Sex, in this way, began to take on a solid structure around the turn of hours and I found myself comfortably slipping into the miracles of the minimum wage. Sure the minimum wage was meager at the start (only a quarter per hour in 1938) and it was still meager in 1994, but the idea of hours was the foundation of the sort of-almost-slightly legal sex industry. It has been the legal loophole to stretch and expose ourselves to the possibility of what an hour was worth. Some of us might compete in our cost per hours (mine would eventually raise to $250 an hour for fetish work, a price for which I was proud in an otherwise dull market) and others must proclaim that they are not clockwatchers, a term that often given to white collar laborers. The hour is a communally decided allotment of potential and structure that secures when to arrive and, more importantly, when to leave.

2362-by-the-hour-article-main-709x850This would never be clearer than when I had taken a job jerking off for the web in Toronto. For two hours, people paid to be entertained by sexual frolic, and I was paid a small amount of money to insure this. Now, some guys would attempt to jerk off for the entire two hours — turning their sausage into Spam by sheer friction and determination. Instead, I chose to make a show of it, timing the moments when articles of clothing might be removed, when the “money shot” could take place and the pillow talk (done in a cyber chatroom) could be just enough to justify entrance fees.

It would only occur to me later that when I was not working, my private sexual life would also be inescapably timed. Sex for over an hour seemed to drag and under was unfulfilling. I began to think of it in the back of my mind when I came, and if I came twice, it happened all before an hour. After an hour of recreational sex, (since I wasn’t being paid or needing to clean up my things) I wanted to do something else and abruptly quit. My natural clock had chimed, and there didn’t seem to be a snooze.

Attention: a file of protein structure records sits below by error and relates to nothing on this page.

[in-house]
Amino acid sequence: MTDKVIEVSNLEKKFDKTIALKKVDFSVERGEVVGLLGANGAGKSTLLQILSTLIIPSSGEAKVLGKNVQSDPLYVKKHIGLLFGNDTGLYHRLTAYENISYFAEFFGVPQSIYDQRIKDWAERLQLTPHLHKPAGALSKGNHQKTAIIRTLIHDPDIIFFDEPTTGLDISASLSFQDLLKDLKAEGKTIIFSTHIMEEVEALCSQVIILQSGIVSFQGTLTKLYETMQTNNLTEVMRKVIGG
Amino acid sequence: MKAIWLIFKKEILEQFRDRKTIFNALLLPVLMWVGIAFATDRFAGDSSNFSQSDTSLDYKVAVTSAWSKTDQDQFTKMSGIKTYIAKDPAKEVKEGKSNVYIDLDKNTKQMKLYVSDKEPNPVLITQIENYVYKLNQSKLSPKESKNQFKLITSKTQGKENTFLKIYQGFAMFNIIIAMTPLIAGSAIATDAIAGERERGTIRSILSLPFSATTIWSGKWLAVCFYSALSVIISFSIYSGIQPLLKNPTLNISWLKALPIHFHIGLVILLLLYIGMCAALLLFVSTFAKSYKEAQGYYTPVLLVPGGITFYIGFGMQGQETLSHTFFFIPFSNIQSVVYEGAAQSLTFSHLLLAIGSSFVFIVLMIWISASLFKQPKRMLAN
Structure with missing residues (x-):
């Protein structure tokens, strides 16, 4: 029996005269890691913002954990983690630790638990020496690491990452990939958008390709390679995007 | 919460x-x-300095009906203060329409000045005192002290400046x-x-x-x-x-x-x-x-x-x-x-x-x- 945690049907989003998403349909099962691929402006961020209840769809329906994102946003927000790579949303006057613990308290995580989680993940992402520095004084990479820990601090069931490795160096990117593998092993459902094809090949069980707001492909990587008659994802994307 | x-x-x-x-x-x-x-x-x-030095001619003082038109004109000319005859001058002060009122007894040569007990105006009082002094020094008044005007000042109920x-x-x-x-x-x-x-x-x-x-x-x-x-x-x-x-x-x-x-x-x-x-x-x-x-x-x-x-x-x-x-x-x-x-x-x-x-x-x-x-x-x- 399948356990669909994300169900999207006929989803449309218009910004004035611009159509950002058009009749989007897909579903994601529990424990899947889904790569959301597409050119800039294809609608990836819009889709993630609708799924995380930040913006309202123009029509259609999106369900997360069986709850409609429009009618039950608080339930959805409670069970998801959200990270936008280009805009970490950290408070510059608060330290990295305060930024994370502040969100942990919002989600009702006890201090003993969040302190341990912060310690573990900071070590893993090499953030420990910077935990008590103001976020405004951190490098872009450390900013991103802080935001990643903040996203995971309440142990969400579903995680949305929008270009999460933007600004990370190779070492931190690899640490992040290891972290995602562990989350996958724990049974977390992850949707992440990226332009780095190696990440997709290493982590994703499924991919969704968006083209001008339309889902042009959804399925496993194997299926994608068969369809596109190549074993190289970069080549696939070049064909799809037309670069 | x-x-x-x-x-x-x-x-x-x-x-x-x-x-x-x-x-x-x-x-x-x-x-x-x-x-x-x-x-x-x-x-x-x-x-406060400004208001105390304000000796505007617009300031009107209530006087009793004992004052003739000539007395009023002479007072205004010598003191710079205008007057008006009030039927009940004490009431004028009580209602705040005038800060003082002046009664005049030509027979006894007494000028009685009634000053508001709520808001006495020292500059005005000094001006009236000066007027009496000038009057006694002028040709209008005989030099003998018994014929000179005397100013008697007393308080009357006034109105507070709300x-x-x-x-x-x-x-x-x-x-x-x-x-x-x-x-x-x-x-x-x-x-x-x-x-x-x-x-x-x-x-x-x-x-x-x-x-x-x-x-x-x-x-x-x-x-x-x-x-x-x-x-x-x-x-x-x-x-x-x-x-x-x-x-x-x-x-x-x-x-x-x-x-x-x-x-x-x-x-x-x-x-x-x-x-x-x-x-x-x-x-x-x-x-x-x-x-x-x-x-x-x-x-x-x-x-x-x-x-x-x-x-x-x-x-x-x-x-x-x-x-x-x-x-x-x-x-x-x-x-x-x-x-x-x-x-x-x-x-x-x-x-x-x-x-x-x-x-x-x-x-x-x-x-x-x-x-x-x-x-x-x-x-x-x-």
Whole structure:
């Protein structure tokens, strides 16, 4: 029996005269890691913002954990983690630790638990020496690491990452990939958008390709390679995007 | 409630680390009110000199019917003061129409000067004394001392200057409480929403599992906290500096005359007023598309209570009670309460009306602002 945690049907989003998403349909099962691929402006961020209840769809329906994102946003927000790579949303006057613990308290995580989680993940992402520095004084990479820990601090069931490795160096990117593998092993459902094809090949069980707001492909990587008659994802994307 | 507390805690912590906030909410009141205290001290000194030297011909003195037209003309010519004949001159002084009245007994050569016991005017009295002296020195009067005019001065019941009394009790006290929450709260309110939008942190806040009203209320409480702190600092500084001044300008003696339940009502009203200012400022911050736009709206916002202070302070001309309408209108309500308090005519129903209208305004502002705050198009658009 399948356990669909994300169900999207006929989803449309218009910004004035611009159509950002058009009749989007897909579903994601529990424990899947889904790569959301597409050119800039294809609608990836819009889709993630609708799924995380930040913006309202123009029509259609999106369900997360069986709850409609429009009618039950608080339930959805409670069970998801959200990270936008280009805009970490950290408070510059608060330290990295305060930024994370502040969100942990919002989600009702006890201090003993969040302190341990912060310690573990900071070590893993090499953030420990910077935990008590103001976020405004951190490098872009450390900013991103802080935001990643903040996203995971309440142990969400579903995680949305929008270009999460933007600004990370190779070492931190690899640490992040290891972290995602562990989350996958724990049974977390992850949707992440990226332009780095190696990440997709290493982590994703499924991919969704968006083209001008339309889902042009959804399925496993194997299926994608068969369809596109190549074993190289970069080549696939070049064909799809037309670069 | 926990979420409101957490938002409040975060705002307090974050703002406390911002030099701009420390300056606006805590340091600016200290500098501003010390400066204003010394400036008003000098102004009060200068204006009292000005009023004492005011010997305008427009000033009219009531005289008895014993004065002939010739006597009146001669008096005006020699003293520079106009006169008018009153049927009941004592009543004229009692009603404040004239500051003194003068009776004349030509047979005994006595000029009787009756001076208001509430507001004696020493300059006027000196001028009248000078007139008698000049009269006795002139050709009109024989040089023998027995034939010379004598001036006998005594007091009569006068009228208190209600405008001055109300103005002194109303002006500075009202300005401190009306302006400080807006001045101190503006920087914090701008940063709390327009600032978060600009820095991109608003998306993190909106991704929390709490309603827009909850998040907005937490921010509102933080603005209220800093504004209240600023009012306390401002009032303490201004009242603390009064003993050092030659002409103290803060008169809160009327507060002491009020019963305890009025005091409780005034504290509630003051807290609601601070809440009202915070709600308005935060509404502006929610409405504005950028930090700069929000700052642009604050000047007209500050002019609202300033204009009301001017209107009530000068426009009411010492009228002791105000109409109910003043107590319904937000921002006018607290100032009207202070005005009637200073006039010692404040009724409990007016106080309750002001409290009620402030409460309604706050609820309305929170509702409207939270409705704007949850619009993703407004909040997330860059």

But the hours ticked me off even more in how I created a social economics for my time. In my mind, I had become a whiz at evaluating the cost for my time to do things like going to the movies ($400-500), grocery shopping ($350) and even a birthday party (daytime, $300 – nighttime, $500+). Every hour came with a price tag of clients I would not be taking, what they might be paying, and where I might be best served.

Indeed, there was a period where I grew certain I could run a tight ship, manage my time in valuable increments and maximize the space to allot 8 clients (always aiming for 9) in a day. Time became the way of managing the work. Like a waitress looking for tips and the customer service employee’s ticking timecards, I was certain that I might reach maximum output and receive kudos, a thank you, a sense of satisfaction as the good worker I had been trained to be. But that never came. Just more hours. I realized then that the management of my time needed to include other things. Sex and work required off hours, and that sex during off hours would be work to move from a ticking timer to relaxed engagement.

I would allot time for this. While in the beginning, I did not carry a watch, I began in my second year in the business to wear one. It told me when to turn the phone and the pager off. It told me when to turn them back on again. It told me that a few hours of time away from work allowed me time to return again. Renewed and with a mean, clean, and rested machine.

(Originally published in $PREAD Magazine)